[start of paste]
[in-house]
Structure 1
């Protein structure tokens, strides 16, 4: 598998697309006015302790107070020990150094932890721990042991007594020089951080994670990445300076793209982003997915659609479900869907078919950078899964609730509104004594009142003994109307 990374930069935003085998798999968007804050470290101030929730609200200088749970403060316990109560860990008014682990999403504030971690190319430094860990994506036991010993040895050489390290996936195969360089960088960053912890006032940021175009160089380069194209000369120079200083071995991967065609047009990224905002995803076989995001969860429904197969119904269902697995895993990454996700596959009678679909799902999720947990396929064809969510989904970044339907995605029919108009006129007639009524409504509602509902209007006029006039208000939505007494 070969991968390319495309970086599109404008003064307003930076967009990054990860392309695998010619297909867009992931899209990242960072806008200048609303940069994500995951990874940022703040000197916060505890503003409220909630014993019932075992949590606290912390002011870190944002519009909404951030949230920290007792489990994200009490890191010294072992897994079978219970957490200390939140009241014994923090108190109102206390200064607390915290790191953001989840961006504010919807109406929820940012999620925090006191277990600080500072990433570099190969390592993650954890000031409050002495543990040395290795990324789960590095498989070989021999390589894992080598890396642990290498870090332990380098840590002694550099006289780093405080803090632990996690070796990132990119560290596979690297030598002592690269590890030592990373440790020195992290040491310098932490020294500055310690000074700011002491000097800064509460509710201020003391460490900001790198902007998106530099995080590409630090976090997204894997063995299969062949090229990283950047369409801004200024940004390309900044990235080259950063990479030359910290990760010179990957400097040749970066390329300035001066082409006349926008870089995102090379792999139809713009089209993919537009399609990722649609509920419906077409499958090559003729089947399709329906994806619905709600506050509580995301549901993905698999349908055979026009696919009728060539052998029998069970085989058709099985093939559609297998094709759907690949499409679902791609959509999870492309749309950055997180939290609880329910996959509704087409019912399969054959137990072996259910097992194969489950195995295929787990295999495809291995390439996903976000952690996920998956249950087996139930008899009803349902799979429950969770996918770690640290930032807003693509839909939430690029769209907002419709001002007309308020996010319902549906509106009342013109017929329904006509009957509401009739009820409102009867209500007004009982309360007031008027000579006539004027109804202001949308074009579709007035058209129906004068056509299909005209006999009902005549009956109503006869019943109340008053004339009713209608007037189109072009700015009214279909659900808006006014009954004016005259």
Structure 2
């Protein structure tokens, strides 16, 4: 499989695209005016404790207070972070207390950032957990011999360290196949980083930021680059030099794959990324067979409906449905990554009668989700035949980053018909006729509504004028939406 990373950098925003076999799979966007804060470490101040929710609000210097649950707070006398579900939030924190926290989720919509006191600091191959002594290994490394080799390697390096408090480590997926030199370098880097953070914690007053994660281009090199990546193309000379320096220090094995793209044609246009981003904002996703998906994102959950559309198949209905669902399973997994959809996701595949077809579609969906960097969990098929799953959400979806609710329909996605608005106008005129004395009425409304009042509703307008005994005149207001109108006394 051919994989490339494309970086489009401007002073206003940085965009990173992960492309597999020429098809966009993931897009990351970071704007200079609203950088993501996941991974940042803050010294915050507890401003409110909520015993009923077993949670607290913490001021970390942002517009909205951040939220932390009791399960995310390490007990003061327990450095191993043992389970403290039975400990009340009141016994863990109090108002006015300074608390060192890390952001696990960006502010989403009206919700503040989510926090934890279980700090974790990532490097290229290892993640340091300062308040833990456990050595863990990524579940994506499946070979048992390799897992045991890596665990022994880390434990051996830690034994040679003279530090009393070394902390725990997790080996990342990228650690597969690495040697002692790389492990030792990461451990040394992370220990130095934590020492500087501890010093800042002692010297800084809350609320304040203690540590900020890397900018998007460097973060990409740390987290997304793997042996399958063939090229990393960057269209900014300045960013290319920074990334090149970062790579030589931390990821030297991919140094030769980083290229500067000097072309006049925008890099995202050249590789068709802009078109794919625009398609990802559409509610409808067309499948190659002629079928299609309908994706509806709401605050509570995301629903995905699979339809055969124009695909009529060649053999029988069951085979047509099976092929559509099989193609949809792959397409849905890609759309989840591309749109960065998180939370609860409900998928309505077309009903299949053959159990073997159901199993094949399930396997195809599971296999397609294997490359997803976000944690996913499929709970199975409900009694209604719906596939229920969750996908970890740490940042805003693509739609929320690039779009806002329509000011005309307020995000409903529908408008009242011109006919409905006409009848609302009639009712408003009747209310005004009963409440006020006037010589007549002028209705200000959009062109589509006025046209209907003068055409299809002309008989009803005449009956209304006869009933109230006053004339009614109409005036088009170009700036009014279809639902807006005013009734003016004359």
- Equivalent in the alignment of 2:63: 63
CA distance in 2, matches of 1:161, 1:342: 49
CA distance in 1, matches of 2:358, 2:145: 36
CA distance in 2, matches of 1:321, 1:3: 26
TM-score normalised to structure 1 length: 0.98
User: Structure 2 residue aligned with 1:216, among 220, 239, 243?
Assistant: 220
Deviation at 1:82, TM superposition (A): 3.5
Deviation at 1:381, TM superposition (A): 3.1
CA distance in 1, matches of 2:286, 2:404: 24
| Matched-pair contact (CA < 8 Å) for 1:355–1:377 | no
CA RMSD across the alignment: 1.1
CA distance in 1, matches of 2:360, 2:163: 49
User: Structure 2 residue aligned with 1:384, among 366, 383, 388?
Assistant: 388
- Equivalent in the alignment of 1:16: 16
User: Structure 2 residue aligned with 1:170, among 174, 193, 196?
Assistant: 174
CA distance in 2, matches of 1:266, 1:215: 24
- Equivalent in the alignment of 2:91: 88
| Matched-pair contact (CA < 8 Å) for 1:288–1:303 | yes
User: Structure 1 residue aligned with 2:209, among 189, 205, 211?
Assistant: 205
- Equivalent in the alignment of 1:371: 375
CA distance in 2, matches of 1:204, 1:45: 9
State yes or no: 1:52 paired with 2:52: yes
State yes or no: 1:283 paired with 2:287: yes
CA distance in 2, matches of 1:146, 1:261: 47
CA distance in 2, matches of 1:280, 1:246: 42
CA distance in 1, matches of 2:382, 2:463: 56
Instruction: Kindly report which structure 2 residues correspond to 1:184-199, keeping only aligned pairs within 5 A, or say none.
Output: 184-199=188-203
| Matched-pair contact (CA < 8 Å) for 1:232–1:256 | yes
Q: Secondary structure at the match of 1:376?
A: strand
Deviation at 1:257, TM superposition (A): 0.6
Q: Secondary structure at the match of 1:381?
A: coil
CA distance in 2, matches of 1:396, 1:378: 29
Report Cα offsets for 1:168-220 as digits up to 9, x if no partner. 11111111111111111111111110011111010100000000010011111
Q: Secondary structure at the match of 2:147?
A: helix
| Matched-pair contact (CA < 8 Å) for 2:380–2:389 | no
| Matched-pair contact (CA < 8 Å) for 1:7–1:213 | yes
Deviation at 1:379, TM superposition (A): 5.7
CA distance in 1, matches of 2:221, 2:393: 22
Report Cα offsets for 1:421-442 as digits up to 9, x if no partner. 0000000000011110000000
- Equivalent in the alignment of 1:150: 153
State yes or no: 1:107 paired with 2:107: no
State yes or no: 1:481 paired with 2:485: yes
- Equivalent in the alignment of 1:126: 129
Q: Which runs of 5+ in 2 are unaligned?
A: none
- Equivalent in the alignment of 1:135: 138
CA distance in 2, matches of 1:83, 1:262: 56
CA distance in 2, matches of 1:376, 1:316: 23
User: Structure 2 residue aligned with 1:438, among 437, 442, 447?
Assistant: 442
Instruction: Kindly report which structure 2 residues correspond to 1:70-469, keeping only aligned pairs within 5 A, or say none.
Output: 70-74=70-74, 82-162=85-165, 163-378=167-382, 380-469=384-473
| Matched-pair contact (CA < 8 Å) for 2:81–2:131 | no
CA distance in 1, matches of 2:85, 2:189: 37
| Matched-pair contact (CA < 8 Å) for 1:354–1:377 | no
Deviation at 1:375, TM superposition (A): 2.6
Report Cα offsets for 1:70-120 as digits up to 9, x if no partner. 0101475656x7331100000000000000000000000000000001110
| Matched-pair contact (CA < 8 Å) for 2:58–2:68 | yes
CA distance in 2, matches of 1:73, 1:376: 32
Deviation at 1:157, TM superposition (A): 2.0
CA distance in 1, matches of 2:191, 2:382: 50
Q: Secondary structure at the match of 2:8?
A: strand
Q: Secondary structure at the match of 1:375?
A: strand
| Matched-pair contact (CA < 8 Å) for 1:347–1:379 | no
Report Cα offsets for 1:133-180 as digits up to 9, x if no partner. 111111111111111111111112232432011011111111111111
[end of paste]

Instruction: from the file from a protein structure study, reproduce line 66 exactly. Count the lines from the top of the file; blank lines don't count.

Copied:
| Matched-pair contact (CA < 8 Å) for 2:81–2:131 | no